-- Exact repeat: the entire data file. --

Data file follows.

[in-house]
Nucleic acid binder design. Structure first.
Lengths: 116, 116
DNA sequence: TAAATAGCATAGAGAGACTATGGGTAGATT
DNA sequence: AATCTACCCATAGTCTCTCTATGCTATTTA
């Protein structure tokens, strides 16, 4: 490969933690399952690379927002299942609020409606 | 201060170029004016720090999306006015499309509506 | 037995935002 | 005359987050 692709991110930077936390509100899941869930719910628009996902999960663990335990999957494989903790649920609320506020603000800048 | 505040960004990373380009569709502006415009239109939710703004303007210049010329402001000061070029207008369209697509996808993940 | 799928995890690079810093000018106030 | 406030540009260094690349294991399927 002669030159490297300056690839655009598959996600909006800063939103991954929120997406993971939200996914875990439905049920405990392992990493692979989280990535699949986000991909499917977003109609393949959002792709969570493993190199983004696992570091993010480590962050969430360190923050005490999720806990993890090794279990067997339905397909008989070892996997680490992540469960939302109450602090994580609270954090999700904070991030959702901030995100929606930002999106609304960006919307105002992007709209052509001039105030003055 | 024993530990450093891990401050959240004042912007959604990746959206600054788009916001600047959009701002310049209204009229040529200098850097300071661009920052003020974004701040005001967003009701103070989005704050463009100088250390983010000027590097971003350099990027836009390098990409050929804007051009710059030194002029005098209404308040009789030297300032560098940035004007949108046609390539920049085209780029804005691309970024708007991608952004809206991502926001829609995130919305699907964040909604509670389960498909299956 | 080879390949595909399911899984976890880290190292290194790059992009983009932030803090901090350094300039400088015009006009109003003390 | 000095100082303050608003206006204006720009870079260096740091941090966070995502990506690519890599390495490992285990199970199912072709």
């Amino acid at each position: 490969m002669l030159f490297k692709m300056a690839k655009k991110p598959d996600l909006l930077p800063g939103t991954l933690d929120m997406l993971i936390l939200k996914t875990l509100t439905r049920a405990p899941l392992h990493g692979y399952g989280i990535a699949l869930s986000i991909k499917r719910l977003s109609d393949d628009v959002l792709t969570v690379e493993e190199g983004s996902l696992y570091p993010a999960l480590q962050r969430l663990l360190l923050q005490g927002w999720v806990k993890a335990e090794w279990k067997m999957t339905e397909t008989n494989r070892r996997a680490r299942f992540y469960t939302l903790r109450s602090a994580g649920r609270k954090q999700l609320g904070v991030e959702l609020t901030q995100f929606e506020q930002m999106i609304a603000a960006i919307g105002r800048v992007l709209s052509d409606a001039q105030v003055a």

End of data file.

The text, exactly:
[in-house]
Nucleic acid binder design. Structure first.
Lengths: 116, 116
DNA sequence: TAAATAGCATAGAGAGACTATGGGTAGATT
DNA sequence: AATCTACCCATAGTCTCTCTATGCTATTTA
């Protein structure tokens, strides 16, 4: 490969933690399952690379927002299942609020409606 | 201060170029004016720090999306006015499309509506 | 037995935002 | 005359987050 692709991110930077936390509100899941869930719910628009996902999960663990335990999957494989903790649920609320506020603000800048 | 505040960004990373380009569709502006415009239109939710703004303007210049010329402001000061070029207008369209697509996808993940 | 799928995890690079810093000018106030 | 406030540009260094690349294991399927 002669030159490297300056690839655009598959996600909006800063939103991954929120997406993971939200996914875990439905049920405990392992990493692979989280990535699949986000991909499917977003109609393949959002792709969570493993190199983004696992570091993010480590962050969430360190923050005490999720806990993890090794279990067997339905397909008989070892996997680490992540469960939302109450602090994580609270954090999700904070991030959702901030995100929606930002999106609304960006919307105002992007709209052509001039105030003055 | 024993530990450093891990401050959240004042912007959604990746959206600054788009916001600047959009701002310049209204009229040529200098850097300071661009920052003020974004701040005001967003009701103070989005704050463009100088250390983010000027590097971003350099990027836009390098990409050929804007051009710059030194002029005098209404308040009789030297300032560098940035004007949108046609390539920049085209780029804005691309970024708007991608952004809206991502926001829609995130919305699907964040909604509670389960498909299956 | 080879390949595909399911899984976890880290190292290194790059992009983009932030803090901090350094300039400088015009006009109003003390 | 000095100082303050608003206006204006720009870079260096740091941090966070995502990506690519890599390495490992285990199970199912072709």
């Amino acid at each position: 490969m002669l030159f490297k692709m300056a690839k655009k991110p598959d996600l909006l930077p800063g939103t991954l933690d929120m997406l993971i936390l939200k996914t875990l509100t439905r049920a405990p899941l392992h990493g692979y399952g989280i990535a699949l869930s986000i991909k499917r719910l977003s109609d393949d628009v959002l792709t969570v690379e493993e190199g983004s996902l696992y570091p993010a999960l480590q962050r969430l663990l360190l923050q005490g927002w999720v806990k993890a335990e090794w279990k067997m999957t339905e397909t008989n494989r070892r996997a680490r299942f992540y469960t939302l903790r109450s602090a994580g649920r609270k954090q999700l609320g904070v991030e959702l609020t901030q995100f929606e506020q930002m999106i609304a603000a960006i919307g105002r800048v992007l709209s052509d409606a001039q105030v003055a």